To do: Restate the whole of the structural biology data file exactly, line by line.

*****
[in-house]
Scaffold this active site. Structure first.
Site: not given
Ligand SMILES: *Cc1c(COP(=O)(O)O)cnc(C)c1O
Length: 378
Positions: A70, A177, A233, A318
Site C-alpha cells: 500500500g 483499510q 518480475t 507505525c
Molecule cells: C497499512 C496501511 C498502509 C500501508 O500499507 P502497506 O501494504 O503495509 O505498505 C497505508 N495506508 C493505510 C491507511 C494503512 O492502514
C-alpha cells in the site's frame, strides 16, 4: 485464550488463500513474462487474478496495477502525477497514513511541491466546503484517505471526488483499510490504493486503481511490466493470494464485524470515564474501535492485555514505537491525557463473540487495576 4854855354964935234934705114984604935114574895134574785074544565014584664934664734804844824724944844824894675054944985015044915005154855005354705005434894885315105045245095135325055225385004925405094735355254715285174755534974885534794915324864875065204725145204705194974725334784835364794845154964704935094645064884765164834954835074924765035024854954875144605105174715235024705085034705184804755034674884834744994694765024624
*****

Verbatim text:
[in-house]
Scaffold this active site. Structure first.
Site: not given
Ligand SMILES: *Cc1c(COP(=O)(O)O)cnc(C)c1O
Length: 378
Positions: A70, A177, A233, A318
Site C-alpha cells: 500500500g 483499510q 518480475t 507505525c
Molecule cells: C497499512 C496501511 C498502509 C500501508 O500499507 P502497506 O501494504 O503495509 O505498505 C497505508 N495506508 C493505510 C491507511 C494503512 O492502514
C-alpha cells in the site's frame, strides 16, 4: 485464550488463500513474462487474478496495477502525477497514513511541491466546503484517505471526488483499510490504493486503481511490466493470494464485524470515564474501535492485555514505537491525557463473540487495576 4854855354964935234934705114984604935114574895134574785074544565014584664934664734804844824724944844824894675054944985015044915005154855005354705005434894885315105045245095135325055225385004925405094735355254715285174755534974885534794915324864875065204725145204705194974725334784835364794845154964704935094645064884765164834954835074924765035024854954875144605105174715235024705085034705184804755034674884834744994694765024624